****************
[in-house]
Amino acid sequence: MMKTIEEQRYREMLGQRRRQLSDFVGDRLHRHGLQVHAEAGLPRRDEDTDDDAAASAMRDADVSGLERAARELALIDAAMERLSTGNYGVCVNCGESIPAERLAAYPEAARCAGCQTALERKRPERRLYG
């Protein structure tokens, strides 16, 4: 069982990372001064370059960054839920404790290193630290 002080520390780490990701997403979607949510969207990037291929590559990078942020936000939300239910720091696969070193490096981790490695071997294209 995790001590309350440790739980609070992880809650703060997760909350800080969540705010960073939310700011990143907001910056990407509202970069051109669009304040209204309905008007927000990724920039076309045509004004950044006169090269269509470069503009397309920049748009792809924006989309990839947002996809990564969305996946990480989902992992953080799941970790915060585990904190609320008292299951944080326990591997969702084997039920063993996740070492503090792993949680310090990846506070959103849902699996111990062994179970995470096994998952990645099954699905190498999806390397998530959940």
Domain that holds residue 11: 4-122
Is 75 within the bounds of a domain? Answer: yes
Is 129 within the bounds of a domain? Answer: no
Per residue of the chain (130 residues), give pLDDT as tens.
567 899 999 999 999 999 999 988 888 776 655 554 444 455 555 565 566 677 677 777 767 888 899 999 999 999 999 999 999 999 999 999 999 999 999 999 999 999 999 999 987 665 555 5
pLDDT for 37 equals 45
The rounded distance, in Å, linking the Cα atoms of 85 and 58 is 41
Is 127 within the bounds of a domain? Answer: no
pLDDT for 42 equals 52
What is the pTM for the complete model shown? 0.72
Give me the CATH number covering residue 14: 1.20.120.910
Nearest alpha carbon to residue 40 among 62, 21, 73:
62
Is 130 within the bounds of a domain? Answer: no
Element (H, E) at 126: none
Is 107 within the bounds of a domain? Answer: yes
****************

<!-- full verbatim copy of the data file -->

[in-house]
Amino acid sequence: MMKTIEEQRYREMLGQRRRQLSDFVGDRLHRHGLQVHAEAGLPRRDEDTDDDAAASAMRDADVSGLERAARELALIDAAMERLSTGNYGVCVNCGESIPAERLAAYPEAARCAGCQTALERKRPERRLYG
């Protein structure tokens, strides 16, 4: 069982990372001064370059960054839920404790290193630290 002080520390780490990701997403979607949510969207990037291929590559990078942020936000939300239910720091696969070193490096981790490695071997294209 995790001590309350440790739980609070992880809650703060997760909350800080969540705010960073939310700011990143907001910056990407509202970069051109669009304040209204309905008007927000990724920039076309045509004004950044006169090269269509470069503009397309920049748009792809924006989309990839947002996809990564969305996946990480989902992992953080799941970790915060585990904190609320008292299951944080326990591997969702084997039920063993996740070492503090792993949680310090990846506070959103849902699996111990062994179970995470096994998952990645099954699905190498999806390397998530959940």
Domain that holds residue 11: 4-122
Is 75 within the bounds of a domain? Answer: yes
Is 129 within the bounds of a domain? Answer: no
Per residue of the chain (130 residues), give pLDDT as tens.
567 899 999 999 999 999 999 988 888 776 655 554 444 455 555 565 566 677 677 777 767 888 899 999 999 999 999 999 999 999 999 999 999 999 999 999 999 999 999 999 987 665 555 5
pLDDT for 37 equals 45
The rounded distance, in Å, linking the Cα atoms of 85 and 58 is 41
Is 127 within the bounds of a domain? Answer: no
pLDDT for 42 equals 52
What is the pTM for the complete model shown? 0.72
Give me the CATH number covering residue 14: 1.20.120.910
Nearest alpha carbon to residue 40 among 62, 21, 73:
62
Is 130 within the bounds of a domain? Answer: no
Element (H, E) at 126: none
Is 107 within the bounds of a domain? Answer: yes